The Iranian government initially adopted a forceful response. Last week, Amnesty International said that over eight people in Iran, including a teenage boy, were killed during a deadly crackdown by security forces.

Amnesty’s Evidence Lab, part of its Crisis Response Team, reported it received verified footage showing Iran’s security forces using “unlawful force” with automatic weapons and shotguns to crush mostly peaceful protests taking place across the southern province of Khuzestan.

Protests have also been recorded in Tehran, with a group of women on the metro shown on video chanting: “Down with the Islamic Republic”.

A girls walks across the Zayandeh Rud river in Isfahan in 2018, which now runs dry due to water extraction before it reaches the city. [Getty]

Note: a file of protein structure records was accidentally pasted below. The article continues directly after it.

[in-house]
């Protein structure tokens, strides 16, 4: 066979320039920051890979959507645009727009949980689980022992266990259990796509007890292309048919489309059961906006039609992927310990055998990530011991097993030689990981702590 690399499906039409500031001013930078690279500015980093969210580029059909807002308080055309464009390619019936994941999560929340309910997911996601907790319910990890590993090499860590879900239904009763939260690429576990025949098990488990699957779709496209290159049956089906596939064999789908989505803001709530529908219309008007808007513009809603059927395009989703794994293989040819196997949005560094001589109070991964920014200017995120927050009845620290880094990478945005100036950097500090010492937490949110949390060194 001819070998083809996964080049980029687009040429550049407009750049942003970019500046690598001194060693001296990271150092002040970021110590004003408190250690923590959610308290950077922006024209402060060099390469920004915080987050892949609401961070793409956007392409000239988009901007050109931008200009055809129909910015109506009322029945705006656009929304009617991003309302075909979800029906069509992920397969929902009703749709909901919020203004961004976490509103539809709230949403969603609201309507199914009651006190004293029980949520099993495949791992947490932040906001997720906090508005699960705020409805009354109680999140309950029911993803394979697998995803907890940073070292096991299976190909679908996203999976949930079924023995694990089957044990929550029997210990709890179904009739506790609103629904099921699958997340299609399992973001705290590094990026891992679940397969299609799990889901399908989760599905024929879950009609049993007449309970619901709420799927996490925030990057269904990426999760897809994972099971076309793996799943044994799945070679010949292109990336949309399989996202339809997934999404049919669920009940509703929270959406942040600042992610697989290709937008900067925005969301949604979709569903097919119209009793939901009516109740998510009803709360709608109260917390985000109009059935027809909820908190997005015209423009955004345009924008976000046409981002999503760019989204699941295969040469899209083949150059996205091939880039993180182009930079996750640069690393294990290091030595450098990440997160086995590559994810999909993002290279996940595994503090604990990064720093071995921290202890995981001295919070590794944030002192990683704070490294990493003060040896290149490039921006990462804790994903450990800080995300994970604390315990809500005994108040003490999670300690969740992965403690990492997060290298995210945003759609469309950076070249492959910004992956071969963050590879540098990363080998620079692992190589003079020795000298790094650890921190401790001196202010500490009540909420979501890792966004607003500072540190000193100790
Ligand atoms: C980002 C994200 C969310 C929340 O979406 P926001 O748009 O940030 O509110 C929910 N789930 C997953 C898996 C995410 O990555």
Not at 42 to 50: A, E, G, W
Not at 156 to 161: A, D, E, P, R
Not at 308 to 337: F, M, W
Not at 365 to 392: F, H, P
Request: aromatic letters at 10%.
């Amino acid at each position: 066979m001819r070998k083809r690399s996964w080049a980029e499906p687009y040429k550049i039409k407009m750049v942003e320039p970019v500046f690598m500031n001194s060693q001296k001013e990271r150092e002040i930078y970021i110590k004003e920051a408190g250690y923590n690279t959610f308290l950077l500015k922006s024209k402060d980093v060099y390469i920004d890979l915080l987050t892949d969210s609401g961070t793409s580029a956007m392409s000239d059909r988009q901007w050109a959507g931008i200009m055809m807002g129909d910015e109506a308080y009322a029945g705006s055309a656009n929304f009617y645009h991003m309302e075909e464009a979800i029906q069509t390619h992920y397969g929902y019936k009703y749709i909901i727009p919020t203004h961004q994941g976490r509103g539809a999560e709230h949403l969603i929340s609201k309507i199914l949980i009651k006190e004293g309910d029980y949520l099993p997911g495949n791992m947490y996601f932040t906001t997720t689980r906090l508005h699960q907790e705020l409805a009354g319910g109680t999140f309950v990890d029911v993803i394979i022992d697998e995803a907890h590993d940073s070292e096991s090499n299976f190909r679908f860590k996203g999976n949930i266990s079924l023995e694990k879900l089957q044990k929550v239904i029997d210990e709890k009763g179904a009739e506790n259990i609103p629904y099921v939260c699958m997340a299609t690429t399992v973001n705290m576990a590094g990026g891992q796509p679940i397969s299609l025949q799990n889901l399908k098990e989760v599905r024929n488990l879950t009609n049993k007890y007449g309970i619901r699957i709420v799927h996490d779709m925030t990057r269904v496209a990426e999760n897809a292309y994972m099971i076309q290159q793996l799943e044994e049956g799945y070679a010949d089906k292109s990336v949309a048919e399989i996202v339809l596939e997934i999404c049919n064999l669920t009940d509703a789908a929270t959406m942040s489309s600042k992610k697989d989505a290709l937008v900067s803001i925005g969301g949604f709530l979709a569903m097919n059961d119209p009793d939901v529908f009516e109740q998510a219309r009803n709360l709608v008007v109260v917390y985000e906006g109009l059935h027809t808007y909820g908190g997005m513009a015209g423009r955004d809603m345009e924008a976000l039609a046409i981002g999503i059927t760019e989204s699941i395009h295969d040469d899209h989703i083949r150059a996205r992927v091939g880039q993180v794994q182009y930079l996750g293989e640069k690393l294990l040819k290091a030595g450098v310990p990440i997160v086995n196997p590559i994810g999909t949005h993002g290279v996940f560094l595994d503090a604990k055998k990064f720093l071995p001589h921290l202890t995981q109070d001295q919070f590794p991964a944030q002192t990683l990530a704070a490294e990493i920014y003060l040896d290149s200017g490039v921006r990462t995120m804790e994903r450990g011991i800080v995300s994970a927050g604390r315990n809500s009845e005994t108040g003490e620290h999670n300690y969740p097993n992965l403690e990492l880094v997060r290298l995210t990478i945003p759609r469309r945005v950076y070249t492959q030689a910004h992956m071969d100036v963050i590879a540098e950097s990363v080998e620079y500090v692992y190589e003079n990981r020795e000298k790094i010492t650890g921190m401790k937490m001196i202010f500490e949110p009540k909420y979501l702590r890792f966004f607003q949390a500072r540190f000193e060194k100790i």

A girl walks across the Zayandeh Rud river in Isfahan in 2018, which now runs dry due to water extraction before it reaches the city. [Getty]

In an audio clip shared online, one woman was heard pleading for security forces to refrain from violence against protestors.

"Sir...the demonstrations are peaceful, why do you shoot? [The protesters] didn't take your water, they didn't take your soil," the lady in the city of Susangerd told anti-riot forces.

Iranian security forces were reported to have shot dead three young protestors on 20 July in the town of Izeh. On the same day, video footage on Twitter showed huge crowds in the town, with some gunshots fired in the background.

In another video, people can be heard chanting the name of Reza Shah, the US-backed ruler of Iran who was toppled by the 1979 Islamic revolution which created the Islamic Republic.